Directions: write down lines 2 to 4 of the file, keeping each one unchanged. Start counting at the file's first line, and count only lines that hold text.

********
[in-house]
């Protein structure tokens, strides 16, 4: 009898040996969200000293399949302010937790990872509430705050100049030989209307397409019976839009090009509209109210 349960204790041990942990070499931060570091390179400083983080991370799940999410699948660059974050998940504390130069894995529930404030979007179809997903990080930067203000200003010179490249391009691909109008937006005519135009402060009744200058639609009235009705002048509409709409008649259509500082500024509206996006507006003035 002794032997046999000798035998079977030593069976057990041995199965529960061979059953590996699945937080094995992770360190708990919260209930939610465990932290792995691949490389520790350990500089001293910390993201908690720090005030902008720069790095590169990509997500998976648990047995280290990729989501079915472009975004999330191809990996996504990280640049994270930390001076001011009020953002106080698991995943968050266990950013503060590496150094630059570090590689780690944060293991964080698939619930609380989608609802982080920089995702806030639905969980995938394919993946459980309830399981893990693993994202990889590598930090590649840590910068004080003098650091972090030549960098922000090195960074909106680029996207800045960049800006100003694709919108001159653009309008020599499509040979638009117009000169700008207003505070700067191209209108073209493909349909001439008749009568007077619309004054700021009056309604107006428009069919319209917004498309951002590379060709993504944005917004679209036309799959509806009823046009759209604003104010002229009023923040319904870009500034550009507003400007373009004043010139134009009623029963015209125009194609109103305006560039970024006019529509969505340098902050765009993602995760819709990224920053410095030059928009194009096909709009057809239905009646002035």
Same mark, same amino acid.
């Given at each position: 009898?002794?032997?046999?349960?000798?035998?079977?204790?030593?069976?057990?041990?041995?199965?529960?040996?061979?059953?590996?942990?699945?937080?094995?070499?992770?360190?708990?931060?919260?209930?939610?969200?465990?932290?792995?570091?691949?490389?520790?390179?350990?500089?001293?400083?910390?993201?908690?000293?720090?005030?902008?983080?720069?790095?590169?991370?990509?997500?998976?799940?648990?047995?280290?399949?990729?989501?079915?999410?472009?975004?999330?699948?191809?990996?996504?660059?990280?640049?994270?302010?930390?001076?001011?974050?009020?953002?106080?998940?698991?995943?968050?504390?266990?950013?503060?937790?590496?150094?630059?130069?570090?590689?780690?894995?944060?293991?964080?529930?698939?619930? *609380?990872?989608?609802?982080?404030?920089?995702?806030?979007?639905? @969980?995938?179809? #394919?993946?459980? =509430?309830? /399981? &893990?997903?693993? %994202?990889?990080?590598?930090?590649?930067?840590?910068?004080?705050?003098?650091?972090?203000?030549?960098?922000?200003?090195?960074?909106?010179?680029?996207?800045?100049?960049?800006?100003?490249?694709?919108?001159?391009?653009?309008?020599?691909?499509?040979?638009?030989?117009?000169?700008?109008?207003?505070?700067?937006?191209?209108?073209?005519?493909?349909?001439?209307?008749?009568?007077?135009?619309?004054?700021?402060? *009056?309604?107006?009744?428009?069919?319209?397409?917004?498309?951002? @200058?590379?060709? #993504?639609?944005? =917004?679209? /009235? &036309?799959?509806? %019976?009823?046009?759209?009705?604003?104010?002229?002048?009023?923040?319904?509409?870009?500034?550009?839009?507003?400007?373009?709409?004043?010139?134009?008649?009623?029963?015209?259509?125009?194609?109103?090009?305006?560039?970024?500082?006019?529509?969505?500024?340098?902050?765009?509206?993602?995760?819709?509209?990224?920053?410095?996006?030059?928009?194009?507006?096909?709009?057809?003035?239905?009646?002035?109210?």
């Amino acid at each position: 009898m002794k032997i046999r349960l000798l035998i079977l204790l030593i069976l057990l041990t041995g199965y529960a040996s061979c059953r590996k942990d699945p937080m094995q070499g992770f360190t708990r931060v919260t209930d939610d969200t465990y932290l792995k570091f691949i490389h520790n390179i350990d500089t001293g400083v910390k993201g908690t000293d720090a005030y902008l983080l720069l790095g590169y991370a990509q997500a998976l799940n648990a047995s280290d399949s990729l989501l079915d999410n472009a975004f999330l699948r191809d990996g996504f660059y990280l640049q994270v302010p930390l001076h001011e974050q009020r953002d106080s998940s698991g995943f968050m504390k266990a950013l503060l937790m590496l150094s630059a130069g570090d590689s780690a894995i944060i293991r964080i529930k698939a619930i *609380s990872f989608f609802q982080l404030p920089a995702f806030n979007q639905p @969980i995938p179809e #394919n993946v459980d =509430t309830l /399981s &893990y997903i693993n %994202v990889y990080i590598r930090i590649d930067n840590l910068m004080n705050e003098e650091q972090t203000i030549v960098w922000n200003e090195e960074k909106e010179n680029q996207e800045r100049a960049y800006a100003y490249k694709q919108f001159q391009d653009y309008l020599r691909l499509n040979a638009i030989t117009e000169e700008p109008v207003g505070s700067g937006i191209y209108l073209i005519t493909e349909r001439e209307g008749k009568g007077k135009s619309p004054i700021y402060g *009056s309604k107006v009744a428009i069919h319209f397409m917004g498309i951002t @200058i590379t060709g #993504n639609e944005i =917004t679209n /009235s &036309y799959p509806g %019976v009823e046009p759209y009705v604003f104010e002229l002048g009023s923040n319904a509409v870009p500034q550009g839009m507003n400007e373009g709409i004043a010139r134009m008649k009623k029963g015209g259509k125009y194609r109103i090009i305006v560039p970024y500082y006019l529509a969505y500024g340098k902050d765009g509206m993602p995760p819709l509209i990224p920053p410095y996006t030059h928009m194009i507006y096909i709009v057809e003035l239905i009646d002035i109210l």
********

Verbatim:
């Protein structure tokens, strides 16, 4: 009898040996969200000293399949302010937790990872509430705050100049030989209307397409019976839009090009509209109210 349960204790041990942990070499931060570091390179400083983080991370799940999410699948660059974050998940504390130069894995529930404030979007179809997903990080930067203000200003010179490249391009691909109008937006005519135009402060009744200058639609009235009705002048509409709409008649259509500082500024509206996006507006003035 002794032997046999000798035998079977030593069976057990041995199965529960061979059953590996699945937080094995992770360190708990919260209930939610465990932290792995691949490389520790350990500089001293910390993201908690720090005030902008720069790095590169990509997500998976648990047995280290990729989501079915472009975004999330191809990996996504990280640049994270930390001076001011009020953002106080698991995943968050266990950013503060590496150094630059570090590689780690944060293991964080698939619930609380989608609802982080920089995702806030639905969980995938394919993946459980309830399981893990693993994202990889590598930090590649840590910068004080003098650091972090030549960098922000090195960074909106680029996207800045960049800006100003694709919108001159653009309008020599499509040979638009117009000169700008207003505070700067191209209108073209493909349909001439008749009568007077619309004054700021009056309604107006428009069919319209917004498309951002590379060709993504944005917004679209036309799959509806009823046009759209604003104010002229009023923040319904870009500034550009507003400007373009004043010139134009009623029963015209125009194609109103305006560039970024006019529509969505340098902050765009993602995760819709990224920053410095030059928009194009096909709009057809239905009646002035």
Same mark, same amino acid.
């Given at each position: 009898?002794?032997?046999?349960?000798?035998?079977?204790?030593?069976?057990?041990?041995?199965?529960?040996?061979?059953?590996?942990?699945?937080?094995?070499?992770?360190?708990?931060?919260?209930?939610?969200?465990?932290?792995?570091?691949?490389?520790?390179?350990?500089?001293?400083?910390?993201?908690?000293?720090?005030?902008?983080?720069?790095?590169?991370?990509?997500?998976?799940?648990?047995?280290?399949?990729?989501?079915?999410?472009?975004?999330?699948?191809?990996?996504?660059?990280?640049?994270?302010?930390?001076?001011?974050?009020?953002?106080?998940?698991?995943?968050?504390?266990?950013?503060?937790?590496?150094?630059?130069?570090?590689?780690?894995?944060?293991?964080?529930?698939?619930? *609380?990872?989608?609802?982080?404030?920089?995702?806030?979007?639905? @969980?995938?179809? #394919?993946?459980? =509430?309830? /399981? &893990?997903?693993? %994202?990889?990080?590598?930090?590649?930067?840590?910068?004080?705050?003098?650091?972090?203000?030549?960098?922000?200003?090195?960074?909106?010179?680029?996207?800045?100049?960049?800006?100003?490249?694709?919108?001159?391009?653009?309008?020599?691909?499509?040979?638009?030989?117009?000169?700008?109008?207003?505070?700067?937006?191209?209108?073209?005519?493909?349909?001439?209307?008749?009568?007077?135009?619309?004054?700021?402060? *009056?309604?107006?009744?428009?069919?319209?397409?917004?498309?951002? @200058?590379?060709? #993504?639609?944005? =917004?679209? /009235? &036309?799959?509806? %019976?009823?046009?759209?009705?604003?104010?002229?002048?009023?923040?319904?509409?870009?500034?550009?839009?507003?400007?373009?709409?004043?010139?134009?008649?009623?029963?015209?259509?125009?194609?109103?090009?305006?560039?970024?500082?006019?529509?969505?500024?340098?902050?765009?509206?993602?995760?819709?509209?990224?920053?410095?996006?030059?928009?194009?507006?096909?709009?057809?003035?239905?009646?002035?109210?």